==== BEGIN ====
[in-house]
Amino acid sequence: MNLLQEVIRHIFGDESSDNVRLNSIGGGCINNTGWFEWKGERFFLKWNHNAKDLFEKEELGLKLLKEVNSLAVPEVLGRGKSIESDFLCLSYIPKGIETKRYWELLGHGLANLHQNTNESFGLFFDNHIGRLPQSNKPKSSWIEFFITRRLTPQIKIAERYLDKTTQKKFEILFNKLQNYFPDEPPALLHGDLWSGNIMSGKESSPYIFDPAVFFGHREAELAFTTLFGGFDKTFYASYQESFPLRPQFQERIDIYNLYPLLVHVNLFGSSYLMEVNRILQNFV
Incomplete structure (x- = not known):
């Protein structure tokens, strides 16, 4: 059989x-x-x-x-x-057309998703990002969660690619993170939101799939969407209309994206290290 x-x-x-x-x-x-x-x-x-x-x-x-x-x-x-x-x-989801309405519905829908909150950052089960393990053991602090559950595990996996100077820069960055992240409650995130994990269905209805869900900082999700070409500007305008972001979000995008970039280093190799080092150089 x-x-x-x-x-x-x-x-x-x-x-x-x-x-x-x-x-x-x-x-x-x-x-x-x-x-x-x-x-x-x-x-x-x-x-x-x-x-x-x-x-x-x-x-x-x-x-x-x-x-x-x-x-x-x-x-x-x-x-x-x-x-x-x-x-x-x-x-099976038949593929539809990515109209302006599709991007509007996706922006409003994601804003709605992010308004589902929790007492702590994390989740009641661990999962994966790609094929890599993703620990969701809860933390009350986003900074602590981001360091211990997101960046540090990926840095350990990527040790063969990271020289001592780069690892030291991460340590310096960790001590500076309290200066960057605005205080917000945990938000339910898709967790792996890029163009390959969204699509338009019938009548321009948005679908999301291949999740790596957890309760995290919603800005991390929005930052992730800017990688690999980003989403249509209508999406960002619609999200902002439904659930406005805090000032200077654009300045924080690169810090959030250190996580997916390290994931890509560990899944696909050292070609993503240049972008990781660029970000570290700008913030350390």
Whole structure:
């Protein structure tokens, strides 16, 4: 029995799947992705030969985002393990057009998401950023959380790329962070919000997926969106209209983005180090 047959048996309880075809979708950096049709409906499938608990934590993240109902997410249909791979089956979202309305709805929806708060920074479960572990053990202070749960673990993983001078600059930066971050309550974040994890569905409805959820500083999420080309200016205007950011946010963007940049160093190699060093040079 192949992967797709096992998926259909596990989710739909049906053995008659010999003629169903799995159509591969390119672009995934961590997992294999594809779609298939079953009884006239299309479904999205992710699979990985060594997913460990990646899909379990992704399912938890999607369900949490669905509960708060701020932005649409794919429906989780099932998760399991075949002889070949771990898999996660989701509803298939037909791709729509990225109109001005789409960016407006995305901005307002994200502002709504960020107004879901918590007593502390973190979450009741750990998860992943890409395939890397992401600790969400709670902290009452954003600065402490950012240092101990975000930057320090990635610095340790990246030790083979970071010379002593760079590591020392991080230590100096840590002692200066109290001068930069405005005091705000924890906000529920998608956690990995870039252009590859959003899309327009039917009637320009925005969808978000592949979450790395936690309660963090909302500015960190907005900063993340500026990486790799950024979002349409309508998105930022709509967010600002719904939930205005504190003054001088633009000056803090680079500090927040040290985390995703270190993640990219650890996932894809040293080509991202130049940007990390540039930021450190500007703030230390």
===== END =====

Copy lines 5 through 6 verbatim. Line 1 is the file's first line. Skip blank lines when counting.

Whole structure:
């Protein structure tokens, strides 16, 4: 029995799947992705030969985002393990057009998401950023959380790329962070919000997926969106209209983005180090 047959048996309880075809979708950096049709409906499938608990934590993240109902997410249909791979089956979202309305709805929806708060920074479960572990053990202070749960673990993983001078600059930066971050309550974040994890569905409805959820500083999420080309200016205007950011946010963007940049160093190699060093040079 192949992967797709096992998926259909596990989710739909049906053995008659010999003629169903799995159509591969390119672009995934961590997992294999594809779609298939079953009884006239299309479904999205992710699979990985060594997913460990990646899909379990992704399912938890999607369900949490669905509960708060701020932005649409794919429906989780099932998760399991075949002889070949771990898999996660989701509803298939037909791709729509990225109109001005789409960016407006995305901005307002994200502002709504960020107004879901918590007593502390973190979450009741750990998860992943890409395939890397992401600790969400709670902290009452954003600065402490950012240092101990975000930057320090990635610095340790990246030790083979970071010379002593760079590591020392991080230590100096840590002692200066109290001068930069405005005091705000924890906000529920998608956690990995870039252009590859959003899309327009039917009637320009925005969808978000592949979450790395936690309660963090909302500015960190907005900063993340500026990486790799950024979002349409309508998105930022709509967010600002719904939930205005504190003054001088633009000056803090680079500090927040040290985390995703270190993640990219650890996932894809040293080509991202130049940007990390540039930021450190500007703030230390």